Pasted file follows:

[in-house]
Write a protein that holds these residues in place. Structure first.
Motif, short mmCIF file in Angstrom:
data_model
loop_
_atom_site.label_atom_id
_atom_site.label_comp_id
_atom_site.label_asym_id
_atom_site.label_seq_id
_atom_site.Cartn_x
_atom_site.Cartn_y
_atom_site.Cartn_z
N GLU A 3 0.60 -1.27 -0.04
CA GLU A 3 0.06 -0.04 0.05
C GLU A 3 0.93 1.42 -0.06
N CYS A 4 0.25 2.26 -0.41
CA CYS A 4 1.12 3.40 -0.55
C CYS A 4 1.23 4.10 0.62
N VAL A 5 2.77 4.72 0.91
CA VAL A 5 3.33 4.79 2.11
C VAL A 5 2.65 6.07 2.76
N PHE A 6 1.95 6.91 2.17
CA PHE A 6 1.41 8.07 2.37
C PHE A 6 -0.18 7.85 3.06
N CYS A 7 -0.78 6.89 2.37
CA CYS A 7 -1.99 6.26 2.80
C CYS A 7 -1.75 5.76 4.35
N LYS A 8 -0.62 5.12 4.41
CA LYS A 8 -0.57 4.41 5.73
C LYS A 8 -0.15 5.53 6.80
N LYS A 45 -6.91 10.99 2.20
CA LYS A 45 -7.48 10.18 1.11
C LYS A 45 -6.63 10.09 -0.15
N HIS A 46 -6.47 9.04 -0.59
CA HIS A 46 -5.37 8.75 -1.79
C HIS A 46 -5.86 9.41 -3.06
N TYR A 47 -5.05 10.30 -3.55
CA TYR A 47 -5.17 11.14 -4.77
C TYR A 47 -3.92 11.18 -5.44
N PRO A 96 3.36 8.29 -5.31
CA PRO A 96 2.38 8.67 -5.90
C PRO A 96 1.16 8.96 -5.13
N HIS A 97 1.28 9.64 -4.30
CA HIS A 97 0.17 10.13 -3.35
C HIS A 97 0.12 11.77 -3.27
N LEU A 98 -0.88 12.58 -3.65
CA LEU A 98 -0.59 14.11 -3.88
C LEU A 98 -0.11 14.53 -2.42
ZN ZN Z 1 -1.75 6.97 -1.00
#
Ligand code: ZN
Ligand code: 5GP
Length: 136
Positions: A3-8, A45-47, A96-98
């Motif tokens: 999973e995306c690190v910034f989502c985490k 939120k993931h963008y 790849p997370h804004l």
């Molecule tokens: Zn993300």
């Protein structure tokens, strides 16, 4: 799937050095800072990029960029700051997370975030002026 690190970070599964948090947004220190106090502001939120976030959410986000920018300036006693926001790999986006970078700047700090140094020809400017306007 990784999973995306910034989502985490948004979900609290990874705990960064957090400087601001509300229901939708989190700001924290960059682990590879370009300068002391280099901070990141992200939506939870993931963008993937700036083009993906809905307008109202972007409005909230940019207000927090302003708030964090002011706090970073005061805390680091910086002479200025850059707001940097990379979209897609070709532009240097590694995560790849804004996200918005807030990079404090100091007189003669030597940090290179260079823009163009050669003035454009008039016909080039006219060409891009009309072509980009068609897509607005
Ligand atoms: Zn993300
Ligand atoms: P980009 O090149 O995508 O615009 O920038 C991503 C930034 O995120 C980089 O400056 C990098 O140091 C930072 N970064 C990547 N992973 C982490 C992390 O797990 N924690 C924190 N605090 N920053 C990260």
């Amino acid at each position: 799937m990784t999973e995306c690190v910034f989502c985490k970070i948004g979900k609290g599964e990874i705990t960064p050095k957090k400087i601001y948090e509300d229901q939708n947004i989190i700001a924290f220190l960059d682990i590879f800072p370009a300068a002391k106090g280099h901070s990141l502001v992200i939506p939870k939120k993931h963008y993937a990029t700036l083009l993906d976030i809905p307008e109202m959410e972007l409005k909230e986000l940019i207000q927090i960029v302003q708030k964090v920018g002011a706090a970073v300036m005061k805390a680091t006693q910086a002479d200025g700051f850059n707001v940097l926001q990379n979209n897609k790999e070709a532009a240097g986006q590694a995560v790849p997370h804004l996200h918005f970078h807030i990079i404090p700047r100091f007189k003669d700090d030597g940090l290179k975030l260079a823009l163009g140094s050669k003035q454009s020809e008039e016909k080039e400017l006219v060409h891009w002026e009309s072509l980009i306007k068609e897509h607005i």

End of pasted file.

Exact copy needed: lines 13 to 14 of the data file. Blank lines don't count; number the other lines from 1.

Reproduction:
N GLU A 3 0.60 -1.27 -0.04
CA GLU A 3 0.06 -0.04 0.05